Von Kármán vortex streets to the lee of the Canary Islands

Von Kármán vortex to the lee of the Canaries

04 April 2001 00:00 UTC

Von Kármán vortex streets to the lee of the Canary Islands
Von Kármán vortex streets to the lee of the Canary Islands

A vortex street, seen in the Meteosat image of the Canary Islands below.

Last Updated

15 July 2021

Published on

04 April 2001

The ocean and atmosphere are fluids in constant motion and we are aware of such motion when we feel the wind or a strong current. But we rarely have the possibility to observe large scale fluid motion in the ocean and atmosphere. An exception is this feature is, in effect, lines or streets of spiral eddies. They are called von Kármán vortices after Theodore von Kármán (1881–1963, co-founder of NASA's Jet Propulsion Laboratory) who first described the phenomenon in the atmosphere.


Von Kármán vortex streets form at all scales of fluid motion. They consist of two roughly parallel rows of vortices positioned such that a vortex in one row is situated opposite the mid-point of two adjacent vortices in the other row (see figure below).

Initially, the vortices are comparable in size to the island creating the disturbance. As the vortices move downstream they tend to increase in diameter and they may persist to form a wake 100 km wide and several hundred of kilometres in length.

A pair of vortices is created by an island roughly once every eight hours and may have a duration as long as 30 hours. All the vortices in one row have similar circulation, but opposite to that in the other row.

In Figure 2, it can be seen that the vortices diverge as they become larger further downstream in the wake.

Von Kármán vortices will normally form in any region where fluid flow is disturbed by an object. In the atmosphere, the resulting vortex streets are easily identified by the characteristic formations in stratocumulus cloud sheets. Such clouds are often associated with a well-marked temperature inversion in the lower levels of the atmosphere.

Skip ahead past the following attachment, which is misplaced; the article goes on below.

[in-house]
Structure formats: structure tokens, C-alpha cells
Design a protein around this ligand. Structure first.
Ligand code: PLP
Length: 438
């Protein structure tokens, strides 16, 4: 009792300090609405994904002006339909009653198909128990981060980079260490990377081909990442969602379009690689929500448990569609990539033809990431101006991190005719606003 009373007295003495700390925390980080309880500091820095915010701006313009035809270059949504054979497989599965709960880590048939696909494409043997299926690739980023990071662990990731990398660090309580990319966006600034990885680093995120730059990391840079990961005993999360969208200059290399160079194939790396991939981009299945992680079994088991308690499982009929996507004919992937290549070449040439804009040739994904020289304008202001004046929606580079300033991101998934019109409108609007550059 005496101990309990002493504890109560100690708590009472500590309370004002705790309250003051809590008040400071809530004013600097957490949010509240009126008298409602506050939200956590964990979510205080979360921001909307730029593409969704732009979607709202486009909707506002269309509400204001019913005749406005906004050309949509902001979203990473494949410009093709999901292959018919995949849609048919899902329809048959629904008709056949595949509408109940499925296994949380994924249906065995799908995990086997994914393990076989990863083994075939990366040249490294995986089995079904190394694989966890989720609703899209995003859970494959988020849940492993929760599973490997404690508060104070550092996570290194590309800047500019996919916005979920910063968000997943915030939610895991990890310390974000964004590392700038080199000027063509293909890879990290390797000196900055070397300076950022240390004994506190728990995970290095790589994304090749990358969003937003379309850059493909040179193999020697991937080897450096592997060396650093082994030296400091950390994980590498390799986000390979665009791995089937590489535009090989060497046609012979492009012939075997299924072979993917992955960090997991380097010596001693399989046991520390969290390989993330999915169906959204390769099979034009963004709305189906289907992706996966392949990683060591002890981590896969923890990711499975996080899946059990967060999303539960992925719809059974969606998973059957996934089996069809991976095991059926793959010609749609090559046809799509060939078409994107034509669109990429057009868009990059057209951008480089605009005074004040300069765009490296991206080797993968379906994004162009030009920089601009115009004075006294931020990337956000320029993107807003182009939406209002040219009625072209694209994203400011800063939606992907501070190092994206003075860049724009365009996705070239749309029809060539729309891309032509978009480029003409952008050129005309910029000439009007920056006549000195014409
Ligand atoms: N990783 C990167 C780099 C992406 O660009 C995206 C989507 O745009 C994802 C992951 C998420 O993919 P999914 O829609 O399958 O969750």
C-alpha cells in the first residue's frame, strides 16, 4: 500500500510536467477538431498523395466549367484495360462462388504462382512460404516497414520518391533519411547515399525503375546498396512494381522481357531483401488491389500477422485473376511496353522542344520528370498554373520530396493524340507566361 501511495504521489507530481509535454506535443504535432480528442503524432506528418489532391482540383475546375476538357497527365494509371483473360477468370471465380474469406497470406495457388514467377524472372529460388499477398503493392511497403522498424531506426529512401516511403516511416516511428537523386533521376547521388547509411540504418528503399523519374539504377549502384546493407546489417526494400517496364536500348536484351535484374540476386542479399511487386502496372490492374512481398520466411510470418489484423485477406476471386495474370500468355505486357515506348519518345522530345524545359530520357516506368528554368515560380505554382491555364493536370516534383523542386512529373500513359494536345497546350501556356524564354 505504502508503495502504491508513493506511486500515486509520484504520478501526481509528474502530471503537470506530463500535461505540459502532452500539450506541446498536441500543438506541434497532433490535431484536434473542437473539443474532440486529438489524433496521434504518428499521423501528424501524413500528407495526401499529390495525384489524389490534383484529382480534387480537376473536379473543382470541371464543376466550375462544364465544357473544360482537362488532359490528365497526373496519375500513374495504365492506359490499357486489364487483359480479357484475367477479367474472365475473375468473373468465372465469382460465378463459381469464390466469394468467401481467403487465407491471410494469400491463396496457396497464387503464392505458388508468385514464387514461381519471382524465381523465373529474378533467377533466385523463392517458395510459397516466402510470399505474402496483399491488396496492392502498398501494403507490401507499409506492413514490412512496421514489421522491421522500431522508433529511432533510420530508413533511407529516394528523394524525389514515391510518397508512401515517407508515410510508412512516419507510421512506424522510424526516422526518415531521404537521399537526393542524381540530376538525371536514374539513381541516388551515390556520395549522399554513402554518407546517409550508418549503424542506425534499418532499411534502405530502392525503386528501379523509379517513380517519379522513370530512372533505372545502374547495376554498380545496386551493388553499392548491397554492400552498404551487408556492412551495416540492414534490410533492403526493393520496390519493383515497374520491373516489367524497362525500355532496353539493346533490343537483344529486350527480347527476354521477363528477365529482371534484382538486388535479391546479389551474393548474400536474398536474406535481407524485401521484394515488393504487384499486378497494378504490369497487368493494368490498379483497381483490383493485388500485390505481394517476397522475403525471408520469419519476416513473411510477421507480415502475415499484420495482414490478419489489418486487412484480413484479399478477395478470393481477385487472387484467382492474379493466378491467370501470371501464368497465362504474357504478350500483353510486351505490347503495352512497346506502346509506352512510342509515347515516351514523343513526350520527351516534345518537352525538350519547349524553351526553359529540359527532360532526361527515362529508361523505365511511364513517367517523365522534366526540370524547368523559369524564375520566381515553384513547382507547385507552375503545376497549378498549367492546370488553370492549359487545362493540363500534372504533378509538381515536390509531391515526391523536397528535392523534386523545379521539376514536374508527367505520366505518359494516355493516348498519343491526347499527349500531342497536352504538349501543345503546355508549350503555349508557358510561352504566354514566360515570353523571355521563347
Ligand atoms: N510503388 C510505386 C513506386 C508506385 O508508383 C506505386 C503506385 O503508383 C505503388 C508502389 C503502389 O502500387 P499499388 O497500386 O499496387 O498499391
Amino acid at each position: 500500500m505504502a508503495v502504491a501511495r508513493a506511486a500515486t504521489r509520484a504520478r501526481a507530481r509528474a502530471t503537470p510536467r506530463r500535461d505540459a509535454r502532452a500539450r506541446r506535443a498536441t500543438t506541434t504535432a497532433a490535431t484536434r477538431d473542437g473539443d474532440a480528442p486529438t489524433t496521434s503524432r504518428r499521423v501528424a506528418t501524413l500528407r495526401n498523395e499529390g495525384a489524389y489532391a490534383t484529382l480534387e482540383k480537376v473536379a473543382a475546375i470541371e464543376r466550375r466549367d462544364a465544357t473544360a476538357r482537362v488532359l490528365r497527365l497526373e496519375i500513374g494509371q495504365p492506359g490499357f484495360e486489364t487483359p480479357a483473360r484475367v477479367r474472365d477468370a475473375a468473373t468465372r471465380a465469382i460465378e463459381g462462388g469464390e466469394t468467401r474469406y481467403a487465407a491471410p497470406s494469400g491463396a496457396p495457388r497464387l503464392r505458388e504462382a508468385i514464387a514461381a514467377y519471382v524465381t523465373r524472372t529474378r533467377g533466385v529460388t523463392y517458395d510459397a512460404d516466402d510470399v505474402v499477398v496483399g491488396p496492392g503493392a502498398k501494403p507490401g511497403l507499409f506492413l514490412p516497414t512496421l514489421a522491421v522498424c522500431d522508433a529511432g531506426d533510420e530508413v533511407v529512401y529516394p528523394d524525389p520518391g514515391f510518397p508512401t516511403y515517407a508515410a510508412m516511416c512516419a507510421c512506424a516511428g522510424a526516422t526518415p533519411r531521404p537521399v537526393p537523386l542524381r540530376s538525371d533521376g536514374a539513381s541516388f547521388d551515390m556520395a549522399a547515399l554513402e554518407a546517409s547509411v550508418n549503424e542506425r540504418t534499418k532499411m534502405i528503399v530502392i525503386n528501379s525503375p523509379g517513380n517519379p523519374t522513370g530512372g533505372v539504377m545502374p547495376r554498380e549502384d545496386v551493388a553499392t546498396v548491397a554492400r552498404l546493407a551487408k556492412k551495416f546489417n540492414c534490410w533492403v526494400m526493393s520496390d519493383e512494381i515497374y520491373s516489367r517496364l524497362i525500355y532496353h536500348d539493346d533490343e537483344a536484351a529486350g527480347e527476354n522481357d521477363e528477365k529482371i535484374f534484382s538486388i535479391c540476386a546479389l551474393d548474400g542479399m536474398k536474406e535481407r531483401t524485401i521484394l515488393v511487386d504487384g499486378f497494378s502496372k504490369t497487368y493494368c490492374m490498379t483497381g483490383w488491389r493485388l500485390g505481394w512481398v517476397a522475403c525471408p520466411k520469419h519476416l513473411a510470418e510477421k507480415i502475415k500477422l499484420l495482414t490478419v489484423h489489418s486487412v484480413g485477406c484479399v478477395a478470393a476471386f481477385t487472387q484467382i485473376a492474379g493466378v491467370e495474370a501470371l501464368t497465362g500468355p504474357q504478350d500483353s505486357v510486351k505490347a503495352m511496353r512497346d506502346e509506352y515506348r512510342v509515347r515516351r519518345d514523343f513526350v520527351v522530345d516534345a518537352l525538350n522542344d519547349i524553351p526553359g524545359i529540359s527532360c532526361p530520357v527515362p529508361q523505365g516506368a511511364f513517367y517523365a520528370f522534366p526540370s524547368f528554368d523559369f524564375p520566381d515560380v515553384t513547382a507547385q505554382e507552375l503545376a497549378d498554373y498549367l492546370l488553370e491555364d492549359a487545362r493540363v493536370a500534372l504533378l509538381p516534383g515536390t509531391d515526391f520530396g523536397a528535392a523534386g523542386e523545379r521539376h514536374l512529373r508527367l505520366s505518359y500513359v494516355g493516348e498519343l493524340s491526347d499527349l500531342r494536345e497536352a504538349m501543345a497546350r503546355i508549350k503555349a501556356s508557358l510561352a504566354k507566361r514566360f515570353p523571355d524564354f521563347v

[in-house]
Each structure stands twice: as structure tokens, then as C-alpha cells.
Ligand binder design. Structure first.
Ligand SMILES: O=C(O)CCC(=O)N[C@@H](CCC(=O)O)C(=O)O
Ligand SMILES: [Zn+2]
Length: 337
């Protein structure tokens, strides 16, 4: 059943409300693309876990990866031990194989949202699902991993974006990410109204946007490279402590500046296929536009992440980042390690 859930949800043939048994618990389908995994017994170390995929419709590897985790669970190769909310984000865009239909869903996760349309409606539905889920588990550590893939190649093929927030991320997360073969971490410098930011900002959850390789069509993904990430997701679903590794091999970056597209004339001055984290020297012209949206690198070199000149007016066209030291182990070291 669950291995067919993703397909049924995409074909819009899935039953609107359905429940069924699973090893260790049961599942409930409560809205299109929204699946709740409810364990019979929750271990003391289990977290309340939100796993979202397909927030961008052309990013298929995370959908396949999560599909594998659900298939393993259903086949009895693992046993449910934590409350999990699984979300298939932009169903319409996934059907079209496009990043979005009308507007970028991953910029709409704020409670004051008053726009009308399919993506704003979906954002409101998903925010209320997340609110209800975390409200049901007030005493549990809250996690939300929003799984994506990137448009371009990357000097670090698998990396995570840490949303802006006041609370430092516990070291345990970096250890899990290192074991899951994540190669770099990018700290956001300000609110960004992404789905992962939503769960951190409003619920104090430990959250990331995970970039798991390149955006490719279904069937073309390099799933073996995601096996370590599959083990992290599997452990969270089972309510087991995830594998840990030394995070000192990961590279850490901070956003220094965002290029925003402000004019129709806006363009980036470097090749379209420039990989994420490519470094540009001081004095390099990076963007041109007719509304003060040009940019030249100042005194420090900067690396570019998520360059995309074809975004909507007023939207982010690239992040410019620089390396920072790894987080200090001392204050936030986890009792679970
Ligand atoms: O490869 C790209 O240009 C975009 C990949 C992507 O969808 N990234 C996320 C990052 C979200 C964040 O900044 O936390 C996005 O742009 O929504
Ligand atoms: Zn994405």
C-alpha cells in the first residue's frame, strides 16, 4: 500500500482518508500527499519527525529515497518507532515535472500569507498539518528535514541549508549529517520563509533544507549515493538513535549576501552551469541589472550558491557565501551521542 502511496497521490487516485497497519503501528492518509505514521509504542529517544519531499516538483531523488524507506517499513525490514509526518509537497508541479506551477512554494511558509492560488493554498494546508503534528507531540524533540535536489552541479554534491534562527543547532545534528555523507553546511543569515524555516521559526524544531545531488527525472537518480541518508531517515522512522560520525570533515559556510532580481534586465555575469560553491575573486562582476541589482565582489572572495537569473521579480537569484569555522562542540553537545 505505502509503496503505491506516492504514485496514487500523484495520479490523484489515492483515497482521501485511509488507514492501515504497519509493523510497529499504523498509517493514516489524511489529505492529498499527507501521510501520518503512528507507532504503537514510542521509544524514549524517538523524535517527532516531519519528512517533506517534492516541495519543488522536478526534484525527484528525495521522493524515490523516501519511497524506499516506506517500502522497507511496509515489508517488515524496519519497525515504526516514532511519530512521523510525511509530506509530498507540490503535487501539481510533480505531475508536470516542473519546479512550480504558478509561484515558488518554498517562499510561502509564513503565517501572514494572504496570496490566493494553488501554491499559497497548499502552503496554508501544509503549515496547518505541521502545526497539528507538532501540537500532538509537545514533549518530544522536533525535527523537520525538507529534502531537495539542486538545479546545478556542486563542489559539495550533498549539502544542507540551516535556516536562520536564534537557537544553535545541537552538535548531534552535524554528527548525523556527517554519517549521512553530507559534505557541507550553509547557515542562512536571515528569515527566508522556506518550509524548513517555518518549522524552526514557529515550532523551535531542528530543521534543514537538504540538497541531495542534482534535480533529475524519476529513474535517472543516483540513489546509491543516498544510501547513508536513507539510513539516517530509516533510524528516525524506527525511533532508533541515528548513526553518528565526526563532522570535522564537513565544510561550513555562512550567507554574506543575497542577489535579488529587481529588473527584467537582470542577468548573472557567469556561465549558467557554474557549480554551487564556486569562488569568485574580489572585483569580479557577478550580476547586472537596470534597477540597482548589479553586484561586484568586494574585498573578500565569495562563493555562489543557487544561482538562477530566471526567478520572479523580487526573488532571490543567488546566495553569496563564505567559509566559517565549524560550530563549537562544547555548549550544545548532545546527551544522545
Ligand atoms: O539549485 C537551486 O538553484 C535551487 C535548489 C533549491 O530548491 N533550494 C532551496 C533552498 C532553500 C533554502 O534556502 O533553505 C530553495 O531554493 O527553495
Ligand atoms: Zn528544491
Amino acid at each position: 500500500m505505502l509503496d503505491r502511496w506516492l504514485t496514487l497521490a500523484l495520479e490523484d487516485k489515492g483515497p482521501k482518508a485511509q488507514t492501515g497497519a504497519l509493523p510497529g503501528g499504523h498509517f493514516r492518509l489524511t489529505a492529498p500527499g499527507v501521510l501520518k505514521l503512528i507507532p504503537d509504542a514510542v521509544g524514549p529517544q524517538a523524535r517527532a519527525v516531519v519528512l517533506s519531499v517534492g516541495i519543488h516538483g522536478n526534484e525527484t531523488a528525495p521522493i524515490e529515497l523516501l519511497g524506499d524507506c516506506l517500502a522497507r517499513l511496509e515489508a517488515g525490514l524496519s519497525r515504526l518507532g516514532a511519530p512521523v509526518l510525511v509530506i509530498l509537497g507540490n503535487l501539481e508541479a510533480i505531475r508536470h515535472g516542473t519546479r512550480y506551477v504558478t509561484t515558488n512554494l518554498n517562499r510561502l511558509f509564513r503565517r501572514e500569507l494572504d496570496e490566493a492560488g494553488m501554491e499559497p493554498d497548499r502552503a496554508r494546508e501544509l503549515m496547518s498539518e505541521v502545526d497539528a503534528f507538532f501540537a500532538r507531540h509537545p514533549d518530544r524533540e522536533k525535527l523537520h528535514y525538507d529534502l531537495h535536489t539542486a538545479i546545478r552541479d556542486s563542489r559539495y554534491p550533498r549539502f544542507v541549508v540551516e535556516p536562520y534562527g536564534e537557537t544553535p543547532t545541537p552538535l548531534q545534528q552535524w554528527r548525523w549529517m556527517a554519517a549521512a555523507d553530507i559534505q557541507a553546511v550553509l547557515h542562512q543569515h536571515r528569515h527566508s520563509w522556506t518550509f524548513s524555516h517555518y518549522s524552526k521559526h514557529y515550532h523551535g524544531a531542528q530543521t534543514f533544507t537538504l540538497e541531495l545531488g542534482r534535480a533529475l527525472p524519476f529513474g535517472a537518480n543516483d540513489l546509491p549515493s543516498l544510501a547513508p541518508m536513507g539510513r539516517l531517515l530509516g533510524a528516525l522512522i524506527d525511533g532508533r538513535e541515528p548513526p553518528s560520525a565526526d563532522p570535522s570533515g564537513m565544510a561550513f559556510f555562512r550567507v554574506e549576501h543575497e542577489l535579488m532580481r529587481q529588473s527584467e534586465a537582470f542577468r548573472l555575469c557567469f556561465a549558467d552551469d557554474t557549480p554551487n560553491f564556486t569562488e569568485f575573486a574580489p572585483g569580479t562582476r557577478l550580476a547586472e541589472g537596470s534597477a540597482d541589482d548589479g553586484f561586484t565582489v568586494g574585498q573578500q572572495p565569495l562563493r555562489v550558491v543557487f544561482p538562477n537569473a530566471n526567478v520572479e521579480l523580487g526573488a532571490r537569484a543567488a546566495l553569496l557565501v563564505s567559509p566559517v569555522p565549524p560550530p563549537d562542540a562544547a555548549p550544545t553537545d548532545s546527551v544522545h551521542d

The height of the temperature inversion is particularly important because it determines whether the air flows more easily around the island rather than over it. In addition, the low level wind flow should be steady, at around 10 m/s, and the surface isobars (lines of equal atmospheric pressure) should be generally straight over a large area.

The areas in the world where these conditions are most frequently encountered are the regions of the Trade Winds. Thus places to look out for vortex streets would be the Canary Islands, Madeira Island, Cape Verde Islands, Guadalupe and Socorro Islands (west of Baja California in the Pacific Ocean) and the Juan Fernandez Islands (off the Chilean ast). Some sample images are shown below (Figures 3–5).



Figure 1: Meteosat-7 (visible channel)

4 April 2001, 10:00 UTC, Animated GIF



Figure 2: Schematic diagram

Schematic diagram of Von Kármán vortices to the lee of an isolated island.



Figure 3: Von Kármán vortices, GOES-9 (visible channel)

25 July 1996 (18:45 UTC). Source: Co-operative Institute for Meteorological Satellite Studies (CIMSS), University of Wisconsin-Madison.



Figure 4: Von Kármán vortices over Heard Island, Antarctica

Image seen from the Space Shuttle, 14 November 1994. Source: NASA, Goddard Space Flight Center (GSFC).



Figure 5: MISR on the Terra platform

23 April and 9 May 2000. Source: NASA, Jet Propulsion Laboratory.
Von Kármán vortex streets in the lee of the island of Socorro, Mexico (1050 m). The island is part of a group known as the Revillagigedo Archipelago, located about 400 km equatorward of the southern tip of Baja California.